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Old 06-12-2011, 07:26 AM
 
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My daughter has a May birthday.

She is 3 yo now but will be 5 and 3 months when she will qualify for Kindergarten in a few years. If I want to keep her in pre-K another year and enroll her in K at 6 and 3 months, would that be legal? Would that make her a "too old" kindergartner?

She seems like a very normal, well adjusted child, with all developmental milestones in place. Interestingly though, compared to my almost 6 yo son (suspected of a mild Asperger syndrome) her verbal abilities are not as spectacular, though still within normal range for her age.
Both children are bilingual - but while my son was going to town in both languages at her age, she does better in my native language (the one she was most exposed to at home) and less well in English.

If this pattern continues, I anticipate she might benefit from a delayed start in K. Would I be able to it - legally speaking?

Thank you!
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Old 06-12-2011, 09:59 AM
 
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If your child will be 5 in May before she begins Kindergarten in Aug/Sept, she should 'be fine. Most school systems have datelines for Kindergarten enrollment. You might consider a good Pre-K program for the year before your child begins regular K'garten, especially if he/she has not been in any form of day-care. As both an educator and a parent, I would see no reason to delay kindergarten enrollment another year if your child will be 5 in May before school begins.
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Old 06-12-2011, 11:06 AM
 
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Quote:
Originally Posted by syracusa View Post
My daughter has a May birthday.

She is 3 yo now but will be 5 and 3 months when she will qualify for Kindergarten in a few years. If I want to keep her in pre-K another year and enroll her in K at 6 and 3 months, would that be legal? Would that make her a "too old" kindergartner?

She seems like a very normal, well adjusted child, with all developmental milestones in place. Interestingly though, compared to my almost 6 yo son (suspected of a mild Asperger syndrome) her verbal abilities are not as spectacular, though still within normal range for her age.
Both children are bilingual - but while my son was going to town in both languages at her age, she does better in my native language (the one she was most exposed to at home) and less well in English.

If this pattern continues, I anticipate she might benefit from a delayed start in K. Would I be able to it - legally speaking?

Thank you!
I'm pretty sure you are allowed to delay for a year. She would probably be the oldest student in her class if you do, though. That can be problematic. On the other hand, she'll be one of the younger ones (although probably not the youngest) if you send her when she is 5. That also has risks. As a former elem teacher I can say the youngest children did struggle, although it was usually late summer and early fall bdays, not May. You know your child best - if you think she is going to struggle in K, then it might be a good idea to wait a year. It wouldn't be unheard of. The big problem with being older is that kids can become self-conscious about it, especially if they are bigger than the other kids. Around 4th or 5th grade it can become a real problem for girls if they "develop" before their peers.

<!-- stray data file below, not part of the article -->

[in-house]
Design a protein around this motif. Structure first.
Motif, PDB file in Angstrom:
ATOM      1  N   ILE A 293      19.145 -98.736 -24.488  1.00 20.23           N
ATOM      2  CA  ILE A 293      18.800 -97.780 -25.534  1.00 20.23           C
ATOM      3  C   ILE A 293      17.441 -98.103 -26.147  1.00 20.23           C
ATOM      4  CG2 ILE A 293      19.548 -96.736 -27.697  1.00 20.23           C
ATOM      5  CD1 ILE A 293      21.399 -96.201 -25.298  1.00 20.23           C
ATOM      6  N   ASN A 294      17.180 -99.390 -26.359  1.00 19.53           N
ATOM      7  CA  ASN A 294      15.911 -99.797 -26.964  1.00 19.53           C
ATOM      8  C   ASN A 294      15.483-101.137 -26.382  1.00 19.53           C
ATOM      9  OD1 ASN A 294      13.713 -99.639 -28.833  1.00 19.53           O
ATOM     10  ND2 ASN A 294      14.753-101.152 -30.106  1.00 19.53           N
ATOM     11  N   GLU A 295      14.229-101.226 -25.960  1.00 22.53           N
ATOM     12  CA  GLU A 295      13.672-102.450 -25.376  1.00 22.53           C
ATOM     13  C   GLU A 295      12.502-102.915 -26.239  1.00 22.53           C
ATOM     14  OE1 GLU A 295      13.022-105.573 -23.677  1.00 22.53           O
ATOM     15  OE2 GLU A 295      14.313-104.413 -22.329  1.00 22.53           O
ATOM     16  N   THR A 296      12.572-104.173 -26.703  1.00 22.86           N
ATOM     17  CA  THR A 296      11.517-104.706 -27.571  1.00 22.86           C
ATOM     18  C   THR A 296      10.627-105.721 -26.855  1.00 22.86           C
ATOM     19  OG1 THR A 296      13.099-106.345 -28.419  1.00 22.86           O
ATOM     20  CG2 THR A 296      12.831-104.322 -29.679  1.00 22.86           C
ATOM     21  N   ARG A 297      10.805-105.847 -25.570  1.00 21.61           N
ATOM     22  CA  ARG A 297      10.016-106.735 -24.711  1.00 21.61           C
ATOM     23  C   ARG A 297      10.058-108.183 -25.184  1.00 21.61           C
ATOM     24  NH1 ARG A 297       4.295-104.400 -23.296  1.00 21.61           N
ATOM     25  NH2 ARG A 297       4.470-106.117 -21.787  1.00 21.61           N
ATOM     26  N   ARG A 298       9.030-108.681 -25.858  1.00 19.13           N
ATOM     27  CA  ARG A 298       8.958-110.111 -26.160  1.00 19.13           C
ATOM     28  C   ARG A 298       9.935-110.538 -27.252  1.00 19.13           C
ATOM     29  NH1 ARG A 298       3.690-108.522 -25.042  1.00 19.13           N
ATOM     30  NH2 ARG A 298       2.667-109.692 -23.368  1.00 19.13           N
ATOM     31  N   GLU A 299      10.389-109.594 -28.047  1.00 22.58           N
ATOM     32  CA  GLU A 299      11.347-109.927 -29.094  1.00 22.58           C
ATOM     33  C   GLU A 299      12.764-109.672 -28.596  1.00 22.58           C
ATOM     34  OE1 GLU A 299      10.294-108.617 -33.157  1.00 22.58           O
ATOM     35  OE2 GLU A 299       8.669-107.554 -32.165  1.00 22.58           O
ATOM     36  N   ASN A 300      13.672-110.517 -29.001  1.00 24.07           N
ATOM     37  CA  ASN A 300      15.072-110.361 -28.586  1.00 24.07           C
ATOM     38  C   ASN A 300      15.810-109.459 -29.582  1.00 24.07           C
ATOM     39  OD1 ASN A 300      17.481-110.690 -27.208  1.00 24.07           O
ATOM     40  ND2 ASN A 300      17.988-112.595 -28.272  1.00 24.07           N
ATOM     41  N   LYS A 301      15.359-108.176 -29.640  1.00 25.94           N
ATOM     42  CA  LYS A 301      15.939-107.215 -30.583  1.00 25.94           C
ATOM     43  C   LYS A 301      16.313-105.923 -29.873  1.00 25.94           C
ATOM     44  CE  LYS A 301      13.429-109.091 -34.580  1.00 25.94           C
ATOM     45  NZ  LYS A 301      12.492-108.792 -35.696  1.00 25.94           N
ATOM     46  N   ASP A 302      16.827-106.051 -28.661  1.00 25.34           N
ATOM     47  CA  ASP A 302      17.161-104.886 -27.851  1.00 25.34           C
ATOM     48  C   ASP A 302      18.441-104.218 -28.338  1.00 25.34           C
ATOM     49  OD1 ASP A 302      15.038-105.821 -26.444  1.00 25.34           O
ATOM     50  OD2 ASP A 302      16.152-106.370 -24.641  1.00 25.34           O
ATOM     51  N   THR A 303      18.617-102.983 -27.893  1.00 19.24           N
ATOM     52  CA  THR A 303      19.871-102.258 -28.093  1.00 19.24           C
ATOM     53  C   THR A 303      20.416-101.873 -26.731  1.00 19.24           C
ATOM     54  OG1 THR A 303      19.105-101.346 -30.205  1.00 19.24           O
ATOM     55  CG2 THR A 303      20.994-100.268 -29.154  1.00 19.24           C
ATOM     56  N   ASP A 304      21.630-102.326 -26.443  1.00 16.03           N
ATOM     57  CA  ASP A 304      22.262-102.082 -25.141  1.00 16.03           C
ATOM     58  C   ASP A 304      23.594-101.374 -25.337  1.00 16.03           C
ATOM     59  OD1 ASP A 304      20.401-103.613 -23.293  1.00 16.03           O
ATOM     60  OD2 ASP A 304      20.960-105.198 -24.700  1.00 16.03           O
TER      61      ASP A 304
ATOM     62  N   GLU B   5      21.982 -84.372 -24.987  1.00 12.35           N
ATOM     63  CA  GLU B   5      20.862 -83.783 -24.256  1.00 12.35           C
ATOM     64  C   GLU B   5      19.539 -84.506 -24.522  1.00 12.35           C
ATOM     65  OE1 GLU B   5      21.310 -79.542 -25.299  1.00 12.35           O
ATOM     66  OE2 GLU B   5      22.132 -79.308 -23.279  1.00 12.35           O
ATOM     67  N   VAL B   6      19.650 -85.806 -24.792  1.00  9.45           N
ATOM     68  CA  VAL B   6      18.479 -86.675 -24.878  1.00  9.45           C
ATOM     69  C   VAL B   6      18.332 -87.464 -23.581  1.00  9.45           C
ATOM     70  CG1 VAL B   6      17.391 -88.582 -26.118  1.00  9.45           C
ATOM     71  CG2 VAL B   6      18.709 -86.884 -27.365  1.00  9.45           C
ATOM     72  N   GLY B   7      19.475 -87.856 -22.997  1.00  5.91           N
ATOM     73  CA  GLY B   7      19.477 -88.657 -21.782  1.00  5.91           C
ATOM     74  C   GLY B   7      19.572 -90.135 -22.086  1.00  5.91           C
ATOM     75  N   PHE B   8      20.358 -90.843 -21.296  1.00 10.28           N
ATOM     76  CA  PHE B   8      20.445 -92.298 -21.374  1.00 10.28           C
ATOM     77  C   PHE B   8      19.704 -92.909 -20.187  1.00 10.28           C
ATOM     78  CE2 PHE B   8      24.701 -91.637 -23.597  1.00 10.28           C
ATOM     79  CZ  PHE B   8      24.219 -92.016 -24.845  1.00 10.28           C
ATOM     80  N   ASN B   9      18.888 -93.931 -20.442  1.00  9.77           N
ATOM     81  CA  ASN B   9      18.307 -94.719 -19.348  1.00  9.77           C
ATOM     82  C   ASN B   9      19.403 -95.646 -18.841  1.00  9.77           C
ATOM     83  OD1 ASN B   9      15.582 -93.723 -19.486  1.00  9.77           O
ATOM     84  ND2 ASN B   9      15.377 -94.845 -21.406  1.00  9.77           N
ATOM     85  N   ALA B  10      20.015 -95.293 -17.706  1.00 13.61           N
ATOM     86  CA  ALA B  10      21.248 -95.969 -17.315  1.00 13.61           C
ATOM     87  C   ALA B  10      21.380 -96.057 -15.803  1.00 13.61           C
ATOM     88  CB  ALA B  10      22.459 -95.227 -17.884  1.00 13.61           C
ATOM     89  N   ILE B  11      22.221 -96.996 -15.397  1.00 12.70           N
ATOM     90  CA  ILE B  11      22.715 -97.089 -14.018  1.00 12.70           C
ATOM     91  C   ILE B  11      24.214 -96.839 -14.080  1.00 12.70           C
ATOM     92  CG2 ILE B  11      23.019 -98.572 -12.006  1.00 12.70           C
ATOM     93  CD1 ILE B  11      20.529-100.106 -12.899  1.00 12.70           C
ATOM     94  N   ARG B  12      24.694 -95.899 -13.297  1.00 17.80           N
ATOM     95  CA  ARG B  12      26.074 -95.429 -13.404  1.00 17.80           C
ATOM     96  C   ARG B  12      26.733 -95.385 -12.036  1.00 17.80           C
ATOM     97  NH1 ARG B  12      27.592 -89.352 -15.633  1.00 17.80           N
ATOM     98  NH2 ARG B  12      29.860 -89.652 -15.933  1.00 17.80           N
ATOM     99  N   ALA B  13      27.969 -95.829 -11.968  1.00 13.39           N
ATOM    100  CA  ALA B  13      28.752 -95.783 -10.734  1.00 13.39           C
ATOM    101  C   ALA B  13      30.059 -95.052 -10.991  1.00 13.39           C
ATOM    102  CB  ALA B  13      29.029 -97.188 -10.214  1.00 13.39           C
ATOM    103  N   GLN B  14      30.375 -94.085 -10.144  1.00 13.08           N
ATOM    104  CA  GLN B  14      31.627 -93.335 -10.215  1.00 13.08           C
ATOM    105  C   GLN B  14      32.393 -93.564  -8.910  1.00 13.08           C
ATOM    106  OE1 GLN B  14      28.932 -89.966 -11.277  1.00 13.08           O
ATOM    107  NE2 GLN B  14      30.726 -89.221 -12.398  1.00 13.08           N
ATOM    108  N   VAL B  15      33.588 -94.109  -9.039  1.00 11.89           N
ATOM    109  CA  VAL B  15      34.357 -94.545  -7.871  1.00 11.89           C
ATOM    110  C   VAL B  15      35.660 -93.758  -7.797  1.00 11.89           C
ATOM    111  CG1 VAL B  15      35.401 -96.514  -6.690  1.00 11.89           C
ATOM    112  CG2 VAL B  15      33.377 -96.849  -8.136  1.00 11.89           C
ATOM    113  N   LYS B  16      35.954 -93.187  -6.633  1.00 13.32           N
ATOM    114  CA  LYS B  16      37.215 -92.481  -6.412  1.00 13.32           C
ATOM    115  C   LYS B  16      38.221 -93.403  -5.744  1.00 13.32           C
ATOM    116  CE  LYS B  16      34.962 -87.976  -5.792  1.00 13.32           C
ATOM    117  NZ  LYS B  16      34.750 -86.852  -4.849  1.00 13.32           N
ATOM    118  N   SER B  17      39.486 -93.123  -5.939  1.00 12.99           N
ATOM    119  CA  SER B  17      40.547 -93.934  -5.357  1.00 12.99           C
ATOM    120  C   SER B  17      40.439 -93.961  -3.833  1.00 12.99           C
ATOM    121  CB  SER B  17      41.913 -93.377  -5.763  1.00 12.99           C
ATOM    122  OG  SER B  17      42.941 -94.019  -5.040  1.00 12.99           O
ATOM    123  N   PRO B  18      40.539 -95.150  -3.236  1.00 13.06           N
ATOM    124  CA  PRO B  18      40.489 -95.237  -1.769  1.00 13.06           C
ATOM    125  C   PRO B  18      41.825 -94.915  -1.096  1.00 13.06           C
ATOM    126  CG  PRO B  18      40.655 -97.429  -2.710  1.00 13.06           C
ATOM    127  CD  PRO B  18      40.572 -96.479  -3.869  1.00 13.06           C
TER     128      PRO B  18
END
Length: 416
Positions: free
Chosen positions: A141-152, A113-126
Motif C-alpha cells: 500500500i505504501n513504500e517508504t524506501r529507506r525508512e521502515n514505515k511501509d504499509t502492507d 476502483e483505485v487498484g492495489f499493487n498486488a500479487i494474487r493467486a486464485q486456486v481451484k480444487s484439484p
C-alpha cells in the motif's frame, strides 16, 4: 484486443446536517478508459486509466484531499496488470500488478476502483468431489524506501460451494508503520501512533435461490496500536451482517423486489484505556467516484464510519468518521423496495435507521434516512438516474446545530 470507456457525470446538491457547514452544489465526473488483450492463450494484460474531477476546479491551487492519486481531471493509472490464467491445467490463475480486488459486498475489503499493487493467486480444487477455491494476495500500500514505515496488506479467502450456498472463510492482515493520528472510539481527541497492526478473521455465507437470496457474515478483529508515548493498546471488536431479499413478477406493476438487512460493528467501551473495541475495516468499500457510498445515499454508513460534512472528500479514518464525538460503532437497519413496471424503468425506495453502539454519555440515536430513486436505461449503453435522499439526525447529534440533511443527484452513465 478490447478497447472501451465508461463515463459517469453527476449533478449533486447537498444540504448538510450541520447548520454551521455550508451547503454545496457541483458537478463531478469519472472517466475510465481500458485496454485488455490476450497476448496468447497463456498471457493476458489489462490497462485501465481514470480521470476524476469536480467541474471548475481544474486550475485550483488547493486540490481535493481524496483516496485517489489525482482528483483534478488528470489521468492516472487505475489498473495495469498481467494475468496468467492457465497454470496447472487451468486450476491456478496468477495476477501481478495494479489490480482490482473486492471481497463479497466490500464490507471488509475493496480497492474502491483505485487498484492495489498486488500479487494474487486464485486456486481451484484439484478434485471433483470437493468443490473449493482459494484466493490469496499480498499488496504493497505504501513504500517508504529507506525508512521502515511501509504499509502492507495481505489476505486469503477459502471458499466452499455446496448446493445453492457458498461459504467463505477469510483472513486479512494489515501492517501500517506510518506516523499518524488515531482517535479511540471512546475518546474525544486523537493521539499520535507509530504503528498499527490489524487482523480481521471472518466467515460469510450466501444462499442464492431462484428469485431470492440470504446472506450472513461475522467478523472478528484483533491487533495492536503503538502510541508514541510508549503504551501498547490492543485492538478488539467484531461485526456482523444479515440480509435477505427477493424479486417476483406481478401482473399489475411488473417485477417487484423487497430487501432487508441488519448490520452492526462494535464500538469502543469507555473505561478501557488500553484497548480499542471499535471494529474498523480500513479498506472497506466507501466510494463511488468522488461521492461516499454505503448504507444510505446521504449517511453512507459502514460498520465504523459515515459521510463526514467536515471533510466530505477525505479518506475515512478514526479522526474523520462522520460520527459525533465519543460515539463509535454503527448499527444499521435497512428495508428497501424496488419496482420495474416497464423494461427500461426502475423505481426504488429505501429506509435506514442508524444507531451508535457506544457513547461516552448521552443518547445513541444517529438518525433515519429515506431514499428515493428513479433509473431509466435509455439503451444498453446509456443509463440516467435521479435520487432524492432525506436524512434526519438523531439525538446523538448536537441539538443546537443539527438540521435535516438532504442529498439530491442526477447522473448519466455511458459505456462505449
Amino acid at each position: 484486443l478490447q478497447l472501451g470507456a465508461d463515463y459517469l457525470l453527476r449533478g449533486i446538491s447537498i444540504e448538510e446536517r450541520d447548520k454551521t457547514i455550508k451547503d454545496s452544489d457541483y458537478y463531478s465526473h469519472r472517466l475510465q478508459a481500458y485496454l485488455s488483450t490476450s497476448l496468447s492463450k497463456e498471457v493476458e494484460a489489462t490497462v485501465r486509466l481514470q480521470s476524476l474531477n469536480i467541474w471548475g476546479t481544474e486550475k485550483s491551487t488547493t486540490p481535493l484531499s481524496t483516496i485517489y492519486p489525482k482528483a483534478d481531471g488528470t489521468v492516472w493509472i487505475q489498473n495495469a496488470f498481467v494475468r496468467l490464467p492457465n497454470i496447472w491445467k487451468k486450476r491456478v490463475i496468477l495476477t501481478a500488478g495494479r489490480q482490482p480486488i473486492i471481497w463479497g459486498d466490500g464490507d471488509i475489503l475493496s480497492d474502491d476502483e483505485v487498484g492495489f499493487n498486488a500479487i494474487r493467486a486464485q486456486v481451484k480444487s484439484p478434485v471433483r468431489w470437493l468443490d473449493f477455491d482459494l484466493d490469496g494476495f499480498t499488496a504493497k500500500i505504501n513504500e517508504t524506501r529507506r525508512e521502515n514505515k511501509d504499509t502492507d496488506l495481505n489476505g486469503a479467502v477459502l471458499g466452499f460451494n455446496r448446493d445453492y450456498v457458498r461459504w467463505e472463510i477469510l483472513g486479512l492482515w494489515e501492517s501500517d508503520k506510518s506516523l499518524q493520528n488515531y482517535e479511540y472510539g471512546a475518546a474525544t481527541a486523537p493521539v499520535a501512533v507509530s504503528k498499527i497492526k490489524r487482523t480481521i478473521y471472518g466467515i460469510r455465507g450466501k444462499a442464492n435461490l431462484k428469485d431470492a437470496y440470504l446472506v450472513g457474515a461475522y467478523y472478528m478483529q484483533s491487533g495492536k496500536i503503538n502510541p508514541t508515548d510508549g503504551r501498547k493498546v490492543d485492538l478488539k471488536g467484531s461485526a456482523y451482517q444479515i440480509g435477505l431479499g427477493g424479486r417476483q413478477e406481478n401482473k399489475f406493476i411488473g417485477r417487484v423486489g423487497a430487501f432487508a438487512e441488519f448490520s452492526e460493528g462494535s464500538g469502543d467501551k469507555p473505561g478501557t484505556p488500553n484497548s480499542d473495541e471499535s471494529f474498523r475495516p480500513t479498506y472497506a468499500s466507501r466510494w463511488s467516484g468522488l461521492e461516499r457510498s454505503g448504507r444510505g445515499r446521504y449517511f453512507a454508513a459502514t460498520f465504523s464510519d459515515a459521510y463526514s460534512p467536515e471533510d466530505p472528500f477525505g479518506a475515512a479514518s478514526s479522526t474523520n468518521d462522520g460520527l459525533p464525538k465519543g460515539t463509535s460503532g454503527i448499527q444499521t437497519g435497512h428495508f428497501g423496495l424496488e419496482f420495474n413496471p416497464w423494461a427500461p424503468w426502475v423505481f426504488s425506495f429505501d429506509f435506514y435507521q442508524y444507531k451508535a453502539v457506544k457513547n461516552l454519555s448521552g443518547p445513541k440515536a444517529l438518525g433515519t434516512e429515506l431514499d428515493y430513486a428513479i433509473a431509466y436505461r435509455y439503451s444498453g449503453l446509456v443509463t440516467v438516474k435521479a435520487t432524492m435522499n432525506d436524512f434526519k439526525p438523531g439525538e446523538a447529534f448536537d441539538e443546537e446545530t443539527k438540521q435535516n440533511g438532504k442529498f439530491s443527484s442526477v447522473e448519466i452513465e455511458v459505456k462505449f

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Old 06-12-2011, 11:26 AM
 
Location: Boerne area
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Depends on where you live. Here in Texas - all over the state - it is common to 'red-shirt' kids and delay the start of kindergarten. Also, the cutoff date differs per state - in Texas it is 5 by August 31st. So, in Texas, I would estimate that at least 75% of kids with summer birthdays are held the extra year....they are 6 when they begin K. A May b-day here is a little more iffy.....maybe 25% of kids w/ May b/days are held.

Legally, IDK the answer to your question, only if there was any enforcement a whole bunch of people would be in trouble.

It is much easier to delay start of school vs holding a child back to repeat a grade. If there is doubt about whether the child is ready, IMO it is better to delay. Usually around here the big debate is whether to hold a summer b/day. Of those parents whose children have summer b/days, those that send their kids 'on time' (they are the youngest in the grade) - about half have no problems their entire school career. But half do have problems - maybe not in K/1st, but 3rd, or transitioning to MS, or HS - somewhere along the way K-12 they have issues either socially or academically.

But of those parents who have held their kids from starting, so that they are older - I have not personally met any parent who regrets that decision.

All of the above is anecdotal. BTW, my son has an Aug 25th b/day. We delayed him a year - he will be in 2nd grade this year, and I know we made the right decision.
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Old 06-12-2011, 11:34 AM
 
Location: Over There
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Cool Kinder at 6 is fine.

Quote:
Originally Posted by syracusa View Post
My daughter has a May birthday.

She is 3 yo now but will be 5 and 3 months when she will qualify for Kindergarten in a few years. If I want to keep her in pre-K another year and enroll her in K at 6 and 3 months, would that be legal? Would that make her a "too old" kindergartner?

She seems like a very normal, well adjusted child, with all developmental milestones in place. Interestingly though, compared to my almost 6 yo son (suspected of a mild Asperger syndrome) her verbal abilities are not as spectacular, though still within normal range for her age.